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1989-50: Candidate in Uncontested General Election Is Not Eligible for Public Funding

October 17, 1989

The Board has determined to issue an opinion clarifying whether a candidate is eligible to receive public matching funds under the New York City Campaign Finance Act (New York City Administrative Code §3-701, et seq.) in a general election in which the official voting machine ballot does not contain the name of an opposing candidate.

Administrative Code §3-703(5) states that "candidates who are unopposed in an election shall not be eligible to receive public funds for such election." Both the definition of the term "election", Administrative Code §3-702(10), and the Report of the City Council Committee on Governmental Operations on Int. No. 906-A, which became Local Law No. 8 of 1988, confirm the legislative intent that candidates who are "unopposed" in a general election may not qualify for public funding in that election.1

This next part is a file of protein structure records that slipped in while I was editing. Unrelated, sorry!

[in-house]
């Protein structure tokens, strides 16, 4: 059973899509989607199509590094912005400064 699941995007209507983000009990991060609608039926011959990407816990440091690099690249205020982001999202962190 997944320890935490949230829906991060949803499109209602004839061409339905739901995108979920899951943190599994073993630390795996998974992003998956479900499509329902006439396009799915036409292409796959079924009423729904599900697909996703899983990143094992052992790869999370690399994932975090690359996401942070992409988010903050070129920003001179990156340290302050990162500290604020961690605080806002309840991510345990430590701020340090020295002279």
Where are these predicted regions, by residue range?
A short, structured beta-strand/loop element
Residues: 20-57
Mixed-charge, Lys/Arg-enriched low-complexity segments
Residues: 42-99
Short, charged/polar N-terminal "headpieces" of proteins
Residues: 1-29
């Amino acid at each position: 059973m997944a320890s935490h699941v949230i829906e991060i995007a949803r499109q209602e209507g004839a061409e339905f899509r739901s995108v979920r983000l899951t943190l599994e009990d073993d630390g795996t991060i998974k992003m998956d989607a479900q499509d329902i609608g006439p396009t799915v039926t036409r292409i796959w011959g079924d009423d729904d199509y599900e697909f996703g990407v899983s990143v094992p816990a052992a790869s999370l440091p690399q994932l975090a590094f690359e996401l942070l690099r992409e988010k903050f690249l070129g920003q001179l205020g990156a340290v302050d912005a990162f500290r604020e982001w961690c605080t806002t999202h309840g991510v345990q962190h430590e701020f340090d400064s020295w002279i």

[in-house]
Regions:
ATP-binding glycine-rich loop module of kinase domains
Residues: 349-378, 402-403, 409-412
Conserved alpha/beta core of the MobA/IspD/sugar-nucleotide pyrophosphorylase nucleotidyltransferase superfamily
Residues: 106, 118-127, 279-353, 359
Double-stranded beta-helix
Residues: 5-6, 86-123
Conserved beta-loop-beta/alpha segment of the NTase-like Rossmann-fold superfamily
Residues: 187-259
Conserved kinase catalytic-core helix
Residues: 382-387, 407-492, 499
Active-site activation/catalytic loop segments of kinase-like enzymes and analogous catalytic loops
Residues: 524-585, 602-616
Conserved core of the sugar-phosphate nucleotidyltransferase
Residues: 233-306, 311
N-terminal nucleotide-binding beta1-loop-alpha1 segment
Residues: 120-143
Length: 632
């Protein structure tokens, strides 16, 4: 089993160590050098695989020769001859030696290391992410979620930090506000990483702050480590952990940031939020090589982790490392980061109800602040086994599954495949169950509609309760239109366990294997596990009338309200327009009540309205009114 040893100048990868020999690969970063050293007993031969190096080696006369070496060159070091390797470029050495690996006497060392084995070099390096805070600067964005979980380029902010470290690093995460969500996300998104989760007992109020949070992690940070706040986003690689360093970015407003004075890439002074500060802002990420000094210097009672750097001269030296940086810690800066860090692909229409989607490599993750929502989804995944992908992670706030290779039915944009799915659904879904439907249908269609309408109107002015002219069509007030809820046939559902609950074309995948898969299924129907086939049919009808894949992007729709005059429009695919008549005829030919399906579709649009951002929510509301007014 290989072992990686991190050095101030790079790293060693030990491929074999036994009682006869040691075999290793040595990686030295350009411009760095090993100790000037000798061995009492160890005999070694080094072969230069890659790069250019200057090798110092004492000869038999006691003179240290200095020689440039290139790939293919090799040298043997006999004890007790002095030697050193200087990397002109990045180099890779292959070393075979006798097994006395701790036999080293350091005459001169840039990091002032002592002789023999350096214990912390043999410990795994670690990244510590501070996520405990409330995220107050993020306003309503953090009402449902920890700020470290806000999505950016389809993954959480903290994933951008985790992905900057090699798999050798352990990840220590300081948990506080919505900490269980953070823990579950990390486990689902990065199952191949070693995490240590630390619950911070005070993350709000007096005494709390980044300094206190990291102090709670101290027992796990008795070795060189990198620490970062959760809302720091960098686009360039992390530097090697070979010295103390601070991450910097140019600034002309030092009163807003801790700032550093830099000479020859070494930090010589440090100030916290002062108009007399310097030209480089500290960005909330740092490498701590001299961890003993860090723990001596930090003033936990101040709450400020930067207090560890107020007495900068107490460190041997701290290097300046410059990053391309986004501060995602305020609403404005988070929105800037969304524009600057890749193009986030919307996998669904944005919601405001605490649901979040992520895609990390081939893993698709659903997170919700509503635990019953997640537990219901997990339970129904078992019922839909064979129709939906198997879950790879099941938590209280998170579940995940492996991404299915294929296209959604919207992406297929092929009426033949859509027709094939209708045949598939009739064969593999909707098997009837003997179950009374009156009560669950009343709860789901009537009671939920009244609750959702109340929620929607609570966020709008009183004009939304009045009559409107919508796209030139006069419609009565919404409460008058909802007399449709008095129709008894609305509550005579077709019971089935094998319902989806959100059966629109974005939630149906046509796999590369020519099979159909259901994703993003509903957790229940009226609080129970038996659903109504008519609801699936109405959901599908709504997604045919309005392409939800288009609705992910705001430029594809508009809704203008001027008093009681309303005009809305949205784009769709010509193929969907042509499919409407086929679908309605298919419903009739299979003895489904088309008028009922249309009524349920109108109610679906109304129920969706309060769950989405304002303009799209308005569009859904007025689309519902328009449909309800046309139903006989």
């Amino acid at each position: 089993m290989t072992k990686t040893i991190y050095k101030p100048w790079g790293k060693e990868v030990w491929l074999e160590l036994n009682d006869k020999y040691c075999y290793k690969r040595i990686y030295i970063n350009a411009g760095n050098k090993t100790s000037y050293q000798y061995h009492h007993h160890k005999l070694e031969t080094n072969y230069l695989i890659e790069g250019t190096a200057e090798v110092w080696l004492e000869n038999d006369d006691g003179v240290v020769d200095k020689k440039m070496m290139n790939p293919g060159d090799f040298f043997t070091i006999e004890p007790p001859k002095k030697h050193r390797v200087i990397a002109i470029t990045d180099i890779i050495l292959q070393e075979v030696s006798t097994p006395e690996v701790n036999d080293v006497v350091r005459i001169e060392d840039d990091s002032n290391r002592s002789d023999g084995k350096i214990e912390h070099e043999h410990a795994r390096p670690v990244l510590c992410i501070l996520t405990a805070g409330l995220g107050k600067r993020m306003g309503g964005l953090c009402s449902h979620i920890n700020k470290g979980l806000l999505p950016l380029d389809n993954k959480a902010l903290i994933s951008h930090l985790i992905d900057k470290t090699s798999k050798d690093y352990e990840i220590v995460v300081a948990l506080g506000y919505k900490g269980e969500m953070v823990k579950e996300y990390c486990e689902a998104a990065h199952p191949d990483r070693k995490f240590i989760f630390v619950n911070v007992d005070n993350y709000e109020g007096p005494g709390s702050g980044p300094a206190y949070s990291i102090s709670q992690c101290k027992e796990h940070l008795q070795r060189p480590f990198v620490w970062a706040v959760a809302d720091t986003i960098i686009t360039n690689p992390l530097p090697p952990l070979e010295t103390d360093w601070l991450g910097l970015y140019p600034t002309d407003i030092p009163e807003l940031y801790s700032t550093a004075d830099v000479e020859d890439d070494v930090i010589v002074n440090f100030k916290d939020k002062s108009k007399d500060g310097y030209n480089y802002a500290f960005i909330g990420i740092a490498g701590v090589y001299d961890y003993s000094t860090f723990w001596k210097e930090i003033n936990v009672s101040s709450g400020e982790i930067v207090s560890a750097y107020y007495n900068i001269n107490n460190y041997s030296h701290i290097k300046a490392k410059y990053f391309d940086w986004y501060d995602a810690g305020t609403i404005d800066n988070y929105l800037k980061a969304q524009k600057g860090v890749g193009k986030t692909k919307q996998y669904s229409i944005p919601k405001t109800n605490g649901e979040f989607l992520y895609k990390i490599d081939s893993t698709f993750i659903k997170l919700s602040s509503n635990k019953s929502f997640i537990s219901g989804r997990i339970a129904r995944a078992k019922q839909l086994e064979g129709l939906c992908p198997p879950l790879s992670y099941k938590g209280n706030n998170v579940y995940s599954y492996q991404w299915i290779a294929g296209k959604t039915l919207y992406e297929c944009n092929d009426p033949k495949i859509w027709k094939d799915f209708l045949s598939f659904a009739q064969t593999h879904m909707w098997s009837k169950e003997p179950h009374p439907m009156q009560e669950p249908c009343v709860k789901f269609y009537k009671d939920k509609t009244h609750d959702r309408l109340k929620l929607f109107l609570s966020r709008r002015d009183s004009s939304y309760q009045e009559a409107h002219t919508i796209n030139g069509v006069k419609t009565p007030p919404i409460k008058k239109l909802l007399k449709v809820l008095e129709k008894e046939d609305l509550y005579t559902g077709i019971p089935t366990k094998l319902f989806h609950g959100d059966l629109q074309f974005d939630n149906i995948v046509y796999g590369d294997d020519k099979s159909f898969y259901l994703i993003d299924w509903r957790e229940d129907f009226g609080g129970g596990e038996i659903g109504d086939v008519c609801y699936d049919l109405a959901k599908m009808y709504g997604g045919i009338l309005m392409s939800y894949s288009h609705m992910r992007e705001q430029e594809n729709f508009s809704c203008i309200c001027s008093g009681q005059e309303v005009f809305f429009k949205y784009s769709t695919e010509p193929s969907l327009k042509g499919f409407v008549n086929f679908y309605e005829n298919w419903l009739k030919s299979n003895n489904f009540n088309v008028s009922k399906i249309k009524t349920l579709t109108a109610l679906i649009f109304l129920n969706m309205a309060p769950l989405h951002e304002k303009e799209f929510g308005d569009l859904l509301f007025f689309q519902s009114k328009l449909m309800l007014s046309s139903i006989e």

Under the New York State Election Law, in a general election, voters always have the option of writing in a person whose name does not appear on the ballot. The existence of the voter's option to write in an individual for public office is not explicitly stated in the Election Law, but derives from Election Law provisions governing the form of ballots and write-in voting procedures.

The term "unopposed" is not defined in the Election Law. The terms "uncontested office" and "uncontested position" are used in the Election Law only in connection with a primary election. New York Election Law §1-104(10). These terms are not used to refer to a general election.

Given the legislative intent of the City Council, the Board will presume that a general election candidate is "opposed" only in those circumstances in which the name of an opposing candidate will appear on the official ballot. A candidate without general election opposition is not eligible for public funding in that election.



1 The Committee report states, in relevant part:

Unopposed in Primary or General Election. An unopposed candidate would receive no public funding even if there's a primary race for that office in another political party.

Proceedings of the Council of the City of New York, vol. I, at 46 (January 21, 1988). (Emphasis added.)